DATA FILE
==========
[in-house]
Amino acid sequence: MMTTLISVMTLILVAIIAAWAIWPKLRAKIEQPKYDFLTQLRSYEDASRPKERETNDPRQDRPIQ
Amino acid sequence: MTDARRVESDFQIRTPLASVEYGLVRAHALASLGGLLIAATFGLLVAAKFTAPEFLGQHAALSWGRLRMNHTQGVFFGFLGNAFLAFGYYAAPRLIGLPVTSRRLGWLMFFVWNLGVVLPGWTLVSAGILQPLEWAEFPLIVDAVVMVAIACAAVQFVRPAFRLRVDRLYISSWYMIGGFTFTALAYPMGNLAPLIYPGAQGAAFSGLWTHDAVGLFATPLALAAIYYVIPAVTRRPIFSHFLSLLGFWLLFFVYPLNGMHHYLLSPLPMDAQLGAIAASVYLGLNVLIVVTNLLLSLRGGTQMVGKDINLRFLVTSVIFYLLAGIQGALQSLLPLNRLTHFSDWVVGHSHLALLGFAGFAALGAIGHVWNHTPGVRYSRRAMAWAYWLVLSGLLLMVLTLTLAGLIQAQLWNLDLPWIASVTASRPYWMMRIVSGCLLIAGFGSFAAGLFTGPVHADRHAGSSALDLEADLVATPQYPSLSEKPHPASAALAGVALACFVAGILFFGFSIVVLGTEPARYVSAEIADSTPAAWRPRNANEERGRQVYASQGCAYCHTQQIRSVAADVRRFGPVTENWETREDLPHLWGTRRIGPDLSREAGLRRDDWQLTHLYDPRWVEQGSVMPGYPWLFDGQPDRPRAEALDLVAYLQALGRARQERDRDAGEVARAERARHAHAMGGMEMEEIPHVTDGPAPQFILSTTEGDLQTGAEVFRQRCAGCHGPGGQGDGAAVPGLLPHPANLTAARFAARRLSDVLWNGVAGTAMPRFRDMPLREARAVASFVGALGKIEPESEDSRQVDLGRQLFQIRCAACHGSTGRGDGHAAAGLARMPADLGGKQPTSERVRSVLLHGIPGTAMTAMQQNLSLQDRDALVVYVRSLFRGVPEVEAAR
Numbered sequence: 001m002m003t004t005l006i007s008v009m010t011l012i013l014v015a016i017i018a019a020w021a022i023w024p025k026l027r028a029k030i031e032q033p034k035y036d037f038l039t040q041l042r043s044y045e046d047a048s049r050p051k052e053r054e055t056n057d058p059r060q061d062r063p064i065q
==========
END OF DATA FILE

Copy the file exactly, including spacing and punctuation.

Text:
[in-house]
Amino acid sequence: MMTTLISVMTLILVAIIAAWAIWPKLRAKIEQPKYDFLTQLRSYEDASRPKERETNDPRQDRPIQ
Amino acid sequence: MTDARRVESDFQIRTPLASVEYGLVRAHALASLGGLLIAATFGLLVAAKFTAPEFLGQHAALSWGRLRMNHTQGVFFGFLGNAFLAFGYYAAPRLIGLPVTSRRLGWLMFFVWNLGVVLPGWTLVSAGILQPLEWAEFPLIVDAVVMVAIACAAVQFVRPAFRLRVDRLYISSWYMIGGFTFTALAYPMGNLAPLIYPGAQGAAFSGLWTHDAVGLFATPLALAAIYYVIPAVTRRPIFSHFLSLLGFWLLFFVYPLNGMHHYLLSPLPMDAQLGAIAASVYLGLNVLIVVTNLLLSLRGGTQMVGKDINLRFLVTSVIFYLLAGIQGALQSLLPLNRLTHFSDWVVGHSHLALLGFAGFAALGAIGHVWNHTPGVRYSRRAMAWAYWLVLSGLLLMVLTLTLAGLIQAQLWNLDLPWIASVTASRPYWMMRIVSGCLLIAGFGSFAAGLFTGPVHADRHAGSSALDLEADLVATPQYPSLSEKPHPASAALAGVALACFVAGILFFGFSIVVLGTEPARYVSAEIADSTPAAWRPRNANEERGRQVYASQGCAYCHTQQIRSVAADVRRFGPVTENWETREDLPHLWGTRRIGPDLSREAGLRRDDWQLTHLYDPRWVEQGSVMPGYPWLFDGQPDRPRAEALDLVAYLQALGRARQERDRDAGEVARAERARHAHAMGGMEMEEIPHVTDGPAPQFILSTTEGDLQTGAEVFRQRCAGCHGPGGQGDGAAVPGLLPHPANLTAARFAARRLSDVLWNGVAGTAMPRFRDMPLREARAVASFVGALGKIEPESEDSRQVDLGRQLFQIRCAACHGSTGRGDGHAAAGLARMPADLGGKQPTSERVRSVLLHGIPGTAMTAMQQNLSLQDRDALVVYVRSLFRGVPEVEAAR
Numbered sequence: 001m002m003t004t005l006i007s008v009m010t011l012i013l014v015a016i017i018a019a020w021a022i023w024p025k026l027r028a029k030i031e032q033p034k035y036d037f038l039t040q041l042r043s044y045e046d047a048s049r050p051k052e053r054e055t056n057d058p059r060q061d062r063p064i065q